The Norwich board hope and expect to have a new manager in place before Saturday’s trip to Championship leaders Bournemouth.
But Mike Phelan is not a shoo-in for the job. He was not appointed with a view to his replacing Neil Adams and, now that Adams has resigned, Phelan will be just one of the candidates considered.
There is no deadline, but the importance of Saturday’s fixture is understood by those making the decision.
They also understand that they stand accused of getting it wrong with Adams – but throughout the game most managerial reigns end in failure. According to research, of all managers in the top four divisions since 1972, 64 per cent lost more games than they won.
So chief executive David McNally must seek to buck the national, long-term trend by appointing a winner this time.
The discussion with McNally which led to the resignation of Adams began with anxiety on both sides about the “no-show” at League One Preston in the FA Cup on Saturday.
But it ended with a handshake and there is a genuine hope that Adams will return to the club next season – although nobody has given serious consideration yet to what role he could take.
One can sense the hand of Delia Smith and Michael Wynn Jones in the offer to Adams of a possible return. And we can be certain they were moved by the sight of a thousand weary and forlorn supporters at Preston.
Of all the accusations which have been flung around in recent weeks, the suggestion that those in senior positions “don’t care” is the most preposterous.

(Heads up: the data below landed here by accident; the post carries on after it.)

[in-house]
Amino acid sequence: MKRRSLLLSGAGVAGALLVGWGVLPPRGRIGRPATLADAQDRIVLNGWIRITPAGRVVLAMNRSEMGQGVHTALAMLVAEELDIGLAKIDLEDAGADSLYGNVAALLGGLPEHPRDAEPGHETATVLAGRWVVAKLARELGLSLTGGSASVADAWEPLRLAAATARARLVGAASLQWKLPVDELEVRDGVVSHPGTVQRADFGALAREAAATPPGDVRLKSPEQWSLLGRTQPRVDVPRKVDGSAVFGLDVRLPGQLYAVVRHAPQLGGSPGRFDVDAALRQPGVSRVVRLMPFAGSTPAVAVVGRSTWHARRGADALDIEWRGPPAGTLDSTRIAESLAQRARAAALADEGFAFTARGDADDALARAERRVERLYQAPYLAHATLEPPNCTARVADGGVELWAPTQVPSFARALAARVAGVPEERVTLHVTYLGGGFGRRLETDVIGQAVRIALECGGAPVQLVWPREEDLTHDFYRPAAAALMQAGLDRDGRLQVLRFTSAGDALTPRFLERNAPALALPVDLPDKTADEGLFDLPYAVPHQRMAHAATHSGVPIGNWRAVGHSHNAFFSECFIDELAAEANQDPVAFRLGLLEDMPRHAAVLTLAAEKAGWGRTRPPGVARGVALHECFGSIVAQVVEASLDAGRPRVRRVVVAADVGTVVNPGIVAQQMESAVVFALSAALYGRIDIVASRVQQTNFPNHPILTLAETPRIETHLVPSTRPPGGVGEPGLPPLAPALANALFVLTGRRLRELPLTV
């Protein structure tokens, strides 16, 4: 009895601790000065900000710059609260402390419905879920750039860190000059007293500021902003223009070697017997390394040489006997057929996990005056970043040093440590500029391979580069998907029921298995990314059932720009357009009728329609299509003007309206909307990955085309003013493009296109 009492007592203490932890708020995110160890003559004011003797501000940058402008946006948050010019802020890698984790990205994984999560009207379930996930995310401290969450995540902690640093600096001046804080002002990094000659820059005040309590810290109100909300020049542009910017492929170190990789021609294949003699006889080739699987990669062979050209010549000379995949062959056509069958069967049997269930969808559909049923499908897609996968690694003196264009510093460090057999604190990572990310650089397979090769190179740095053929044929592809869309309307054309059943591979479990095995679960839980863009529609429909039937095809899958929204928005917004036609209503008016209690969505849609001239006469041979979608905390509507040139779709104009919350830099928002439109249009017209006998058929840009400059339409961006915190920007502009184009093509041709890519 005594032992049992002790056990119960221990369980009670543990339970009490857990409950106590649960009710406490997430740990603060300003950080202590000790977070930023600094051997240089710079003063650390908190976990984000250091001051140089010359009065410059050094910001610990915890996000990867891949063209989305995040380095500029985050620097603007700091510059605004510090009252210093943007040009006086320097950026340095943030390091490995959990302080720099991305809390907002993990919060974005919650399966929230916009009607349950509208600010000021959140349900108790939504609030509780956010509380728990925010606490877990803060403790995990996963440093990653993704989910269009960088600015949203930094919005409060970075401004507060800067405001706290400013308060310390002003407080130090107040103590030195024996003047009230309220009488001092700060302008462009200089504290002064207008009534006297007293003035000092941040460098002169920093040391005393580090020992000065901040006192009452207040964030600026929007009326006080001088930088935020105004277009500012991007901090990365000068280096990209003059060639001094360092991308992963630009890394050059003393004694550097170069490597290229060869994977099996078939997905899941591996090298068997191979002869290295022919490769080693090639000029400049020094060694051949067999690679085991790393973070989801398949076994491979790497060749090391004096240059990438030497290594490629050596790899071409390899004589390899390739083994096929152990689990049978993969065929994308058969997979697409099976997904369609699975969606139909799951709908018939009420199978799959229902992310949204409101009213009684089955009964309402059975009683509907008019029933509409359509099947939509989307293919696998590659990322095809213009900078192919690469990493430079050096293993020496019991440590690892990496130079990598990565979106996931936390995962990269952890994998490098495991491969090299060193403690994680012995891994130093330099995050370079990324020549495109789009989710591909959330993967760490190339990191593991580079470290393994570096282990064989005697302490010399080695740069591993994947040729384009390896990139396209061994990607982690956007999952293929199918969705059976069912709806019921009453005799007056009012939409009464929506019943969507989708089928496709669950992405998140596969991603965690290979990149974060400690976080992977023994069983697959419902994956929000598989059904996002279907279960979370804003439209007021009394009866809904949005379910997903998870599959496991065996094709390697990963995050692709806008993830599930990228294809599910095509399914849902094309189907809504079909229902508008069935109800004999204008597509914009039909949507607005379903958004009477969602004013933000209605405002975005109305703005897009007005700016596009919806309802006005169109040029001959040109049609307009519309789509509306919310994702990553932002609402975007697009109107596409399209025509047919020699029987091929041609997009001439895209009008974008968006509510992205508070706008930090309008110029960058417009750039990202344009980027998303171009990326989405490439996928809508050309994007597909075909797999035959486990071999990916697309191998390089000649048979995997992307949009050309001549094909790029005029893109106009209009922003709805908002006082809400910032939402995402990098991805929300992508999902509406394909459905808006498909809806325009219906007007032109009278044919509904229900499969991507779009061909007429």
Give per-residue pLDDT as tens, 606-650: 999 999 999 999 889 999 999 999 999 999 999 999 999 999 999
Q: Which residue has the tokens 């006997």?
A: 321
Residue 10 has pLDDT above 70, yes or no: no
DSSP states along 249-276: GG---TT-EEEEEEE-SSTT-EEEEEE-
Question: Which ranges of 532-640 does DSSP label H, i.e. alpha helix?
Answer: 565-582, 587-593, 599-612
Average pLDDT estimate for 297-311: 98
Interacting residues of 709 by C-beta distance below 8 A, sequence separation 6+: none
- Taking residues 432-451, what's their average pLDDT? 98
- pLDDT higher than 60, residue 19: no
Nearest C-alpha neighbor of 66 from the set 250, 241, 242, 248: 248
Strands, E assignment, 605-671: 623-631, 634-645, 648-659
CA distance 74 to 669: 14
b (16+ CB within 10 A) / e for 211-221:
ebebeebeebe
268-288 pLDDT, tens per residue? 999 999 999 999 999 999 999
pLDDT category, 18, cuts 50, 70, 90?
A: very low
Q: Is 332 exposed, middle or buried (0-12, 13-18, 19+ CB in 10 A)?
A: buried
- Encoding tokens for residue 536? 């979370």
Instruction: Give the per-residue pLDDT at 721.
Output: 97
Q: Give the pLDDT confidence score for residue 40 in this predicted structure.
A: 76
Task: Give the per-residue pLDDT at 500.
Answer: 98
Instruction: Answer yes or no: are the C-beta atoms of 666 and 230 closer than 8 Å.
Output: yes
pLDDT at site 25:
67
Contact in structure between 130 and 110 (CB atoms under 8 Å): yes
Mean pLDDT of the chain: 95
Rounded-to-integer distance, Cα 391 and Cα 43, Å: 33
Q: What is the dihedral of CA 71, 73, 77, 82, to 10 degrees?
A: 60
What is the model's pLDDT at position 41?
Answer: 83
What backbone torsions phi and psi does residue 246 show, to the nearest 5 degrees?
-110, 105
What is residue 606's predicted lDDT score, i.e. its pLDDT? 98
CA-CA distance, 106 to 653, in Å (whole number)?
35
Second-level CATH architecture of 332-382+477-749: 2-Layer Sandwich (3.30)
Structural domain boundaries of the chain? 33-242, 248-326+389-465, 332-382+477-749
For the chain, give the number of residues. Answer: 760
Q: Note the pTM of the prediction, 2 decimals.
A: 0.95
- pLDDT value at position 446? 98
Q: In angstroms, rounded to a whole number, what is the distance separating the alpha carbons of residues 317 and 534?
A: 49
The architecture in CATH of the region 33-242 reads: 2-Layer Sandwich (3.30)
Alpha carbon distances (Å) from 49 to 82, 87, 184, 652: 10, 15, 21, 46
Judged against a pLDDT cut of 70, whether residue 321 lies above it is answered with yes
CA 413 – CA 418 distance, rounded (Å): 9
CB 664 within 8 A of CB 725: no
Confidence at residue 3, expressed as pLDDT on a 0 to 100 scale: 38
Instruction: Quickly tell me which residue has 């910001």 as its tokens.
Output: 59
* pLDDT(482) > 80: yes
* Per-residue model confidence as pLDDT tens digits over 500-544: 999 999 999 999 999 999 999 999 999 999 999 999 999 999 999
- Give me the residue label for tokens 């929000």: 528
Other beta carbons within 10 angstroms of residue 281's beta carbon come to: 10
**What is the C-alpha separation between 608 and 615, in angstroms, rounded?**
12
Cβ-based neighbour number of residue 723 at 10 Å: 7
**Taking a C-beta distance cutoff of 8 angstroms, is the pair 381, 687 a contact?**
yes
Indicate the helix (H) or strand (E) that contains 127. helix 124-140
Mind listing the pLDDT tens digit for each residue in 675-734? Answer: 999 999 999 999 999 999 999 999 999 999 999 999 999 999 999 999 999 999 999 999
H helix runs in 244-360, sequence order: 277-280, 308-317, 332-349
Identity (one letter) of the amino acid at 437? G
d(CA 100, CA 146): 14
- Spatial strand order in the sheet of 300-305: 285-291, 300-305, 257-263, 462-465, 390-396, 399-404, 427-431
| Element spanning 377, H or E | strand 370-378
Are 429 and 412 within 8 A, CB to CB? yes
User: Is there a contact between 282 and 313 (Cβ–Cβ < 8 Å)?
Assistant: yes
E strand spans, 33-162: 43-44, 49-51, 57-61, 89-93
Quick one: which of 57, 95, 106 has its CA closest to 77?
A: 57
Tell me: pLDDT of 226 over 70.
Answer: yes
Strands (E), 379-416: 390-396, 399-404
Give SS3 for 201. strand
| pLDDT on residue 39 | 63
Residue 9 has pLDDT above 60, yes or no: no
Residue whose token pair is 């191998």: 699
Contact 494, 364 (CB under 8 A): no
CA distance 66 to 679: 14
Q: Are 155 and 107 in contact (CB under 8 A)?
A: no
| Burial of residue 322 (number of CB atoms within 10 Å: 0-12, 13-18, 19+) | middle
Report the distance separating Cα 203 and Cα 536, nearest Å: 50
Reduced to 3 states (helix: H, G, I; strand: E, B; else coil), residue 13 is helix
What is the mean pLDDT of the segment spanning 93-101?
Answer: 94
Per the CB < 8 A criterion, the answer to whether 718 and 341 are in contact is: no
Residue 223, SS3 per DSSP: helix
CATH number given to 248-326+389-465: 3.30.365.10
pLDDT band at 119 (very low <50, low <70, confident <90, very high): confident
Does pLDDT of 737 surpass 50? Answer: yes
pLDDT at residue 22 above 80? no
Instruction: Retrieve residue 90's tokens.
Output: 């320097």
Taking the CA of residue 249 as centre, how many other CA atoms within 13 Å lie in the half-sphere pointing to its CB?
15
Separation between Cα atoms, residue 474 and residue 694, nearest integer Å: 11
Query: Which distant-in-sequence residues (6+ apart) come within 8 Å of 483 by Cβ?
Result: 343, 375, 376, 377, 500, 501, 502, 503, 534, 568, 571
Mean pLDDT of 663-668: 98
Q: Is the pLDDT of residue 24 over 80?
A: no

Delia and Michael shared the depression provoked by yet another flaccid Cup performance, not least because Adams had assured the board that he would “go for it” at Deepdale. Although he made four changes, Preston made five. The Norwich team was strong enough on paper. But on grass, it proved paper-thin.
Delia and Michael have stepped back from the day-to-day business of the club since the current board and CEO were appointed in the summer of 2009.
And so it must have been McNally who led the inquest into the dismal Preston disappointment and assessed whether it was one more symptom of a deeper and disturbing malaise.
McNally’s normal modus operandi is to consult senior players. He ignores extreme opinions – from those who are just angry about not being in the team, and from those who always make loyal noises – but seeks to gauge the consensus of the sensible. Then he asks the manager what plans there are to address flaws or failings.
Did Neeyul jump, or was he pushed? It doesn’t really matter. If Adams chose to walk the plank, McNally certainly didn’t try to stop him.
Last season’s events counted against Adams. The perception that Chris Hughton should have gone sooner, and the belief among a sizeable number of fans that Adams was the wrong replacement, have made some supporters quick to boo this term.
That’s not a criticism. It’s a fact. And nobody on the board wants this season undermined by a volatile mood among supporters.
It’s definitely true, too, that Adams made tactical mistakes. If Hughton was too cautious, then Adams was far too gung-ho. I still wince at the memory of us chasing a win at Nottingham Forest and leaving ourselves open to the late defeat.
There haven’t been many bad performances. Three poor away displays – at Wolves, Middlesbrough and Reading – is not too many in a division in which, as the cliché declaims, “anyone can beat anyone”.
But at times it looked as if we couldn’t beat anyone at Carrow Road, where, until the arrival of Phelan, our men stormed forward with a cavalier disregard of how vulnerable it made us to breakaways. “Never mind the danger” is a line in a song, not a creed.
The unexpected upsurge at the Town who failed to become a City has helped underline the decline and not helped Adams. Let’s hope that upturn is unsustainable.
And there is still time to ensure that, when Adams returns in the summer, he is rejoining a Premier League club.